Franklin County’s Local Food Legend, Martha Mobley
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To say Martha Mobley is a well-connected queen of the Franklin County food system would be an understatement. She has been involved in farming operations and local foods since birth, growing up on a 1,000 acre livestock operation that was started by her grandfather in the early 1900s. Currently, she is the Franklin County Agriculture Extension Agent, specializing in livestock and beekeeping, and has been involved with a number of other food-related endeavors: founder and manager of Meadow Lane Farm, Franklin County Beekeepers Association and Women in Agriculture liaison, Durham Farmers’ Market board member, and early promoter of the local foods movement in North Carolina.
Franklin County Local Food Landscape
Martha describes Franklin County as ever-changing; more and more people are making Franklin their new home and highways are expanding. “I see more interest in buying local, especially local foods,” said Martha. Phone applications like Visit NCFarms are helping with the process of new customers locating farms that grow and sell local food. However, internet access continues to be a major challenge in the county, specifically for the rural northeastern section.
Primary Programs, Projects & Events
Martha’s Extension Local Food programming began in the mid-2000s when Martha and several other Agents began noticing more interest in local food. During this time, they organized a local food festival that showcased local foods from Franklin County and collaborations between regional chefs and local farmers. They also held meetings with producers that specialized in livestock and crops to discuss subjects such as grass-fed versus natural versus conventional meats. This event was eventually dubbed Franklin County’s Local Food Festival and Farm Tour, lasting for approximately six years.
As an Extension Agent, Martha has enjoyed and continues to enjoy coordinating various events and programs for people with a range of expertise from seasoned farmers to children that are just embarking on their local food journey. One of her favorite projects was conducting Junior Chef Camps, a youth camp that involved visits to Franklin County farms and farmers’ markets, where they bought products then cooked with those ingredients to create a delicious, healthy meal. At the end of the week, the students traveled to a restaurant to witness behind-the-scenes action with a chef. This trip was sometimes replaced by a visit to the Governor’s Mansion and a tour of an urban garden. “Everyone enjoyed these camps!” Martha shared.
Over 18 years ago, Martha became involved with the Successful Small Farms Opportunities Conference. This conference is a large networking event with an emphasis on local foods. Martha began leading the conference 15 years ago and continues to lead it. She has assistance from Specialized Advisory Committees, a team of volunteers and co-workers from the region that help with event logistics. Typically, there are 10 educational sessions with subjects such as how to grow certain crops, how to market, or how to add value to a certain meat or vegetable. It last occurred in February 2020 and has plans to reinstate in 2022. It will be held the last Saturday of February at Louisburg College in Louisburg, NC. The conference will have a new name and focus, Successful Women in Agriculture.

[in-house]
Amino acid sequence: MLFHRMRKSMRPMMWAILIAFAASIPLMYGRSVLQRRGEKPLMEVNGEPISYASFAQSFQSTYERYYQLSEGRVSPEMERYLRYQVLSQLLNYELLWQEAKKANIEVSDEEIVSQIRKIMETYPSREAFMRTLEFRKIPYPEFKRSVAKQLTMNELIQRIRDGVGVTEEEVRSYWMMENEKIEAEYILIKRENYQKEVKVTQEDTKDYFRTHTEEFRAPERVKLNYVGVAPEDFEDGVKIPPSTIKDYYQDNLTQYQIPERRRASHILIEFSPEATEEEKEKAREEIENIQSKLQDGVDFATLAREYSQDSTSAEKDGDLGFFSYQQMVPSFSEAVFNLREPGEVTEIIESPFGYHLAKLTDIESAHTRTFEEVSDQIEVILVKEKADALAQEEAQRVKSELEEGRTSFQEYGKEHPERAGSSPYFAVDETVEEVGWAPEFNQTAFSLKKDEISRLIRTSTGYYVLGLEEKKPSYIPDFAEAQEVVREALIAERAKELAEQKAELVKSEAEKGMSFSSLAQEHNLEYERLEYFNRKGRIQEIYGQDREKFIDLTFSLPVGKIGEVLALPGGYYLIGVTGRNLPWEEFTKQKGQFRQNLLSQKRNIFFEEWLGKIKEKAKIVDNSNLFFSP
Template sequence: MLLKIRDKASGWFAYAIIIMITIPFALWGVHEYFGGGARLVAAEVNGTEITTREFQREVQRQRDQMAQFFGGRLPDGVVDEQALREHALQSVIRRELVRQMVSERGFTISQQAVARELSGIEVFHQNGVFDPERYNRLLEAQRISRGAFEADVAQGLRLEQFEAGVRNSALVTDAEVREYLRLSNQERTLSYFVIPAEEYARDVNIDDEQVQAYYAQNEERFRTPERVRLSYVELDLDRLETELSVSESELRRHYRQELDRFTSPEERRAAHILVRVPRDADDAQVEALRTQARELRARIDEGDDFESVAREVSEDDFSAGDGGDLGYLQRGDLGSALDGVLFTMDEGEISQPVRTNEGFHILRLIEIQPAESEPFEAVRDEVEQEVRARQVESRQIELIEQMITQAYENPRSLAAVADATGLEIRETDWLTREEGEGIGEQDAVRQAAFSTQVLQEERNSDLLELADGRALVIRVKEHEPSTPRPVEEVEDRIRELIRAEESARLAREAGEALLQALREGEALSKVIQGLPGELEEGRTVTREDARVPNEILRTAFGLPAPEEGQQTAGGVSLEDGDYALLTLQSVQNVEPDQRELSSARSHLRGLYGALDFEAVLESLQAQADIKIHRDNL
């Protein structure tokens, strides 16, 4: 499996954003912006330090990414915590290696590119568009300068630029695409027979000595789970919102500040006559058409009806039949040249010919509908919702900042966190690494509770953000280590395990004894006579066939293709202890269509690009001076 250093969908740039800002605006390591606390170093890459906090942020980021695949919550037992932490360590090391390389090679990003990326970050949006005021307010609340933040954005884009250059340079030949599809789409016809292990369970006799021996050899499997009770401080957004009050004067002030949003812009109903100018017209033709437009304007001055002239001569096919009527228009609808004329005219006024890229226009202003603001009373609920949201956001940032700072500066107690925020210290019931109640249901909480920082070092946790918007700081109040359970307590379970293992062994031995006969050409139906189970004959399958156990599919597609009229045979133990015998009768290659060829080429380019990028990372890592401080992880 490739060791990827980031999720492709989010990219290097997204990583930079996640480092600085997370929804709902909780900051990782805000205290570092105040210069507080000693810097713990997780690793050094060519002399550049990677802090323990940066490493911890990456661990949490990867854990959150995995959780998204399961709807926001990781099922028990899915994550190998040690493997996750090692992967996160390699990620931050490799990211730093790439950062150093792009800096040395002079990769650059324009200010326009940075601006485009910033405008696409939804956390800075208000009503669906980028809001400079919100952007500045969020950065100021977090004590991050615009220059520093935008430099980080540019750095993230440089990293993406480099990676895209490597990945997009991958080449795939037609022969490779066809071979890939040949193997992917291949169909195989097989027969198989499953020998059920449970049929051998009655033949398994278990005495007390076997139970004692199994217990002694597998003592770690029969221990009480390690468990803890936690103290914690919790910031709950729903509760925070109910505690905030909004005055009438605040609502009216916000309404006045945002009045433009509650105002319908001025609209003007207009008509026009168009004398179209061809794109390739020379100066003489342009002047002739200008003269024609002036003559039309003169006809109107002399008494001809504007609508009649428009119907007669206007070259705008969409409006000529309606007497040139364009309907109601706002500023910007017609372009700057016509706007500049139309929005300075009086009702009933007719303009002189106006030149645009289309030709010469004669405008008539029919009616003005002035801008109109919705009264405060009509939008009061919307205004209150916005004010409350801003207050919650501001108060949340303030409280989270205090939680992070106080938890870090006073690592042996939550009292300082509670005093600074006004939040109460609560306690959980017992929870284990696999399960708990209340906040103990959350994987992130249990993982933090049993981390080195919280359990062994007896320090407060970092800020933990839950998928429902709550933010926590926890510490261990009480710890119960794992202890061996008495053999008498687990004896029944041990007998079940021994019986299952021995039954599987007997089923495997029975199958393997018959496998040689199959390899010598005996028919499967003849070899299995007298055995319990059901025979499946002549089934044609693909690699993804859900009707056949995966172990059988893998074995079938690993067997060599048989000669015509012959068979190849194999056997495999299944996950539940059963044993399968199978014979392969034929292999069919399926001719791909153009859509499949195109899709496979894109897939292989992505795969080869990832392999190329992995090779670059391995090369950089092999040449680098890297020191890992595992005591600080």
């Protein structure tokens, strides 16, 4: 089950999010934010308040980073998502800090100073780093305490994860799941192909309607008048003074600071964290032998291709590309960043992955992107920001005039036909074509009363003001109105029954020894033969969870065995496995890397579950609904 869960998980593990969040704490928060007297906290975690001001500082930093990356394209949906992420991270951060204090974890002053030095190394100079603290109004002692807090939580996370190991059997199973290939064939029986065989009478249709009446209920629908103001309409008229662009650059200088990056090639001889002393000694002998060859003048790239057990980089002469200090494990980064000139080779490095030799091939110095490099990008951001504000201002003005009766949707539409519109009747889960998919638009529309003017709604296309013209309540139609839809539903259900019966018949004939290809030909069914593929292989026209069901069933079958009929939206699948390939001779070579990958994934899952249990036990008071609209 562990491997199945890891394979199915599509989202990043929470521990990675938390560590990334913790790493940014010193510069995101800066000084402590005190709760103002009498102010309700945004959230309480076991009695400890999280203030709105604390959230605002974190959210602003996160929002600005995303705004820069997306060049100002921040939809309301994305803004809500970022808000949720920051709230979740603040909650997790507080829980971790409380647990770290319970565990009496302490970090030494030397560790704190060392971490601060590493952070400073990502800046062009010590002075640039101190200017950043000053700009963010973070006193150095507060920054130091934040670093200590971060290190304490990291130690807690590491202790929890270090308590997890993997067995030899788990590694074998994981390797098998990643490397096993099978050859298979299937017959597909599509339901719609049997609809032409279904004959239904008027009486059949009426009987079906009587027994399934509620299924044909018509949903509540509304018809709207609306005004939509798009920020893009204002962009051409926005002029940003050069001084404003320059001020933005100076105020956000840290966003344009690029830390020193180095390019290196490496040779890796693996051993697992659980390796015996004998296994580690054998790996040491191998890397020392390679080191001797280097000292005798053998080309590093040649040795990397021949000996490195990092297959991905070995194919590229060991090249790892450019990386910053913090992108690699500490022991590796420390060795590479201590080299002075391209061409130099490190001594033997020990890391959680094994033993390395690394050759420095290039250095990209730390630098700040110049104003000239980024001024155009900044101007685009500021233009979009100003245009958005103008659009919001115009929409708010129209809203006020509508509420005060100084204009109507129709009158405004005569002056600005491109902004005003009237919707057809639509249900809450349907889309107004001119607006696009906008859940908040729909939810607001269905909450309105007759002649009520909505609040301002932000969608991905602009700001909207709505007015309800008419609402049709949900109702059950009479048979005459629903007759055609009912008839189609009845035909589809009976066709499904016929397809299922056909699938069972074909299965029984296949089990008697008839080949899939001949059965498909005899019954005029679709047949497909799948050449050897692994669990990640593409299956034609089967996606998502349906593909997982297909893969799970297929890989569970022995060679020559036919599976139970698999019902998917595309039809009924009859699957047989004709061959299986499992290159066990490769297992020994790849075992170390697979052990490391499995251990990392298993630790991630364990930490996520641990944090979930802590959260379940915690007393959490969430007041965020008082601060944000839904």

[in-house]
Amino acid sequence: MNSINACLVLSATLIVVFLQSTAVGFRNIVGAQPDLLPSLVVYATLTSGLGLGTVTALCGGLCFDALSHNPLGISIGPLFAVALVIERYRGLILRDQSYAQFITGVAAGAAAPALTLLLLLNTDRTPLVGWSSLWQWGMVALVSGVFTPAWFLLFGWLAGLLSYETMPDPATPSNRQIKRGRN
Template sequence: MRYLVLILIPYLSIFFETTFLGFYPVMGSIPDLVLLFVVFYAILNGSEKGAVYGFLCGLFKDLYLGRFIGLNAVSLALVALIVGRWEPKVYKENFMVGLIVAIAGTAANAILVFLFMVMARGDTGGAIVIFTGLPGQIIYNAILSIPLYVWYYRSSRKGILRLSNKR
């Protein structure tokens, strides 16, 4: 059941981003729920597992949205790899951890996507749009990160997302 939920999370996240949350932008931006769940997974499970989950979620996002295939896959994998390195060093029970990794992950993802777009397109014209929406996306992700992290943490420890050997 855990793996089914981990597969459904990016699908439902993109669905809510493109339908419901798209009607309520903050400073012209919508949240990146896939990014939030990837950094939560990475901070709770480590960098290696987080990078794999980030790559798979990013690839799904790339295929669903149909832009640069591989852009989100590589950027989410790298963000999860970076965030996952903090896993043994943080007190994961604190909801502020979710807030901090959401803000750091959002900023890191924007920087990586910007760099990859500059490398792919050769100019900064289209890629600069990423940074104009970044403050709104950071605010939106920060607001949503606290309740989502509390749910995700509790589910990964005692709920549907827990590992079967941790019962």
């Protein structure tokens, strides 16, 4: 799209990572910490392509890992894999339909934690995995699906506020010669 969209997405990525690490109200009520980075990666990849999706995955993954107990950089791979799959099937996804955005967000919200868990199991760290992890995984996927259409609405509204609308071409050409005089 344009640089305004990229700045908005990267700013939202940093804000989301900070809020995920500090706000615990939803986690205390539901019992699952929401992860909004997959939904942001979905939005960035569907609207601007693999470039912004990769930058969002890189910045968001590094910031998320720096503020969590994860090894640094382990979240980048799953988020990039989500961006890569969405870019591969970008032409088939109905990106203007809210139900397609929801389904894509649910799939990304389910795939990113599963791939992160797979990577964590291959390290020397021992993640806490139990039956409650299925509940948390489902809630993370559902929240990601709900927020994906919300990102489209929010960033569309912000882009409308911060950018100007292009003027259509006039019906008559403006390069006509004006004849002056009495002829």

More recently, Martha collaborated with the Town of Louisburg to submit a grant that would support the revitalization of the Town’s old train depot station. They plan to remodel the space into a local food hub for catering, food trucks and more.
As a farm manager, Martha conducts the annual fundraising event, Dinner in the Meadow at her farm, Meadow Lane Farm. After the passing of her mother and husband, she decided to create this event to honor them and their love of food. All proceeds go towards a scholarship for youth and a $5,000 grant for a small-scale farmer in the area.
As the COVID-19 pandemic continues to evolve, Martha has discovered a few things that have been helpful for the producers she works with and for herself as a farm manager. She has found that teaching farmers how to adapt to new technology for pre-orders and learning how to develop mailing lists are crucial steps in adapting to pandemic changes. She has also found value in the networks that have been established due to the pandemic like the Local Food newsletter. “[They] are important with the sharing of information to keep up to date on all the important issues,” said Martha.
Martha recommends other Local Food Coordinators to network with state agencies like NCDA&CS that are rich in resources. Their money and expertise can take Extension programs to the next level. She believes the future of local food in North Carolina is bright. “Due to a growing consumer base that is more health conscious, I think the local food will continue to grow and thrive,” Martha added.
Martha’s favorite place to purchase local food is at any farmers’ market. You can find her selling her farm goods at the Durham Farmers’ Market on Saturday mornings throughout the year.